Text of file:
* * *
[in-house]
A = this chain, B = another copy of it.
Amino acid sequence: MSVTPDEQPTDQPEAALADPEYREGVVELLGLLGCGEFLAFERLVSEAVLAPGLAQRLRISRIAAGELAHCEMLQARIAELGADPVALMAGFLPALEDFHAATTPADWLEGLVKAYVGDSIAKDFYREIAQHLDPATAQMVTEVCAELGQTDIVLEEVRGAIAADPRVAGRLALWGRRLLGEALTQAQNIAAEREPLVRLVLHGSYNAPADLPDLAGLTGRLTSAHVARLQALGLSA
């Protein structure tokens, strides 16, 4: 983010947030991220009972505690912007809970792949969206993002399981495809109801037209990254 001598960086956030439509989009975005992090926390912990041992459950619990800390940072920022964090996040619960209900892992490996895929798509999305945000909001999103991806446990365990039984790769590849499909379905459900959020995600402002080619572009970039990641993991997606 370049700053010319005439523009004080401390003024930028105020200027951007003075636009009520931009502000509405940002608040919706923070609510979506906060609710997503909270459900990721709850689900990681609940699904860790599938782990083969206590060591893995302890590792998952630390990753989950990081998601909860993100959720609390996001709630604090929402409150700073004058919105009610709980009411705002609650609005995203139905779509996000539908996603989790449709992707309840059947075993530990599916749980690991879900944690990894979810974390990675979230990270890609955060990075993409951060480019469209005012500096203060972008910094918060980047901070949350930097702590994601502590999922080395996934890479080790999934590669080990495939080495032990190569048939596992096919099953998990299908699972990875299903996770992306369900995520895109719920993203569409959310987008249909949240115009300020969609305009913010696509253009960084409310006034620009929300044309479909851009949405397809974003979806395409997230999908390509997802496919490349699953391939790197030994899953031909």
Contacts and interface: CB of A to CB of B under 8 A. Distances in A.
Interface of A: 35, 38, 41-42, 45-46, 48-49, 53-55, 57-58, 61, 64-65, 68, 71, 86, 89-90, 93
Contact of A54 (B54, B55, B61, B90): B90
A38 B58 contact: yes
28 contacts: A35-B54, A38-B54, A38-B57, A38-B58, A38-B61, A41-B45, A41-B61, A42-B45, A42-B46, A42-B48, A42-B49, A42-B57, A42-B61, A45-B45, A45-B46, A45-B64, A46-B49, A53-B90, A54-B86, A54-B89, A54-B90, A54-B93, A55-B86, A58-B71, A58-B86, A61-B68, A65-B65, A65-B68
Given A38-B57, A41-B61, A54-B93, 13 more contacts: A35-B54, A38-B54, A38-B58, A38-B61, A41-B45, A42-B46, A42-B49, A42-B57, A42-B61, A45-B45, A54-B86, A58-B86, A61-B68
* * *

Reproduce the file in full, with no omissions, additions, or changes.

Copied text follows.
[in-house]
A = this chain, B = another copy of it.
Amino acid sequence: MSVTPDEQPTDQPEAALADPEYREGVVELLGLLGCGEFLAFERLVSEAVLAPGLAQRLRISRIAAGELAHCEMLQARIAELGADPVALMAGFLPALEDFHAATTPADWLEGLVKAYVGDSIAKDFYREIAQHLDPATAQMVTEVCAELGQTDIVLEEVRGAIAADPRVAGRLALWGRRLLGEALTQAQNIAAEREPLVRLVLHGSYNAPADLPDLAGLTGRLTSAHVARLQALGLSA
């Protein structure tokens, strides 16, 4: 983010947030991220009972505690912007809970792949969206993002399981495809109801037209990254 001598960086956030439509989009975005992090926390912990041992459950619990800390940072920022964090996040619960209900892992490996895929798509999305945000909001999103991806446990365990039984790769590849499909379905459900959020995600402002080619572009970039990641993991997606 370049700053010319005439523009004080401390003024930028105020200027951007003075636009009520931009502000509405940002608040919706923070609510979506906060609710997503909270459900990721709850689900990681609940699904860790599938782990083969206590060591893995302890590792998952630390990753989950990081998601909860993100959720609390996001709630604090929402409150700073004058919105009610709980009411705002609650609005995203139905779509996000539908996603989790449709992707309840059947075993530990599916749980690991879900944690990894979810974390990675979230990270890609955060990075993409951060480019469209005012500096203060972008910094918060980047901070949350930097702590994601502590999922080395996934890479080790999934590669080990495939080495032990190569048939596992096919099953998990299908699972990875299903996770992306369900995520895109719920993203569409959310987008249909949240115009300020969609305009913010696509253009960084409310006034620009929300044309479909851009949405397809974003979806395409997230999908390509997802496919490349699953391939790197030994899953031909």
Contacts and interface: CB of A to CB of B under 8 A. Distances in A.
Interface of A: 35, 38, 41-42, 45-46, 48-49, 53-55, 57-58, 61, 64-65, 68, 71, 86, 89-90, 93
Contact of A54 (B54, B55, B61, B90): B90
A38 B58 contact: yes
28 contacts: A35-B54, A38-B54, A38-B57, A38-B58, A38-B61, A41-B45, A41-B61, A42-B45, A42-B46, A42-B48, A42-B49, A42-B57, A42-B61, A45-B45, A45-B46, A45-B64, A46-B49, A53-B90, A54-B86, A54-B89, A54-B90, A54-B93, A55-B86, A58-B71, A58-B86, A61-B68, A65-B65, A65-B68
Given A38-B57, A41-B61, A54-B93, 13 more contacts: A35-B54, A38-B54, A38-B58, A38-B61, A41-B45, A42-B46, A42-B49, A42-B57, A42-B61, A45-B45, A54-B86, A58-B86, A61-B68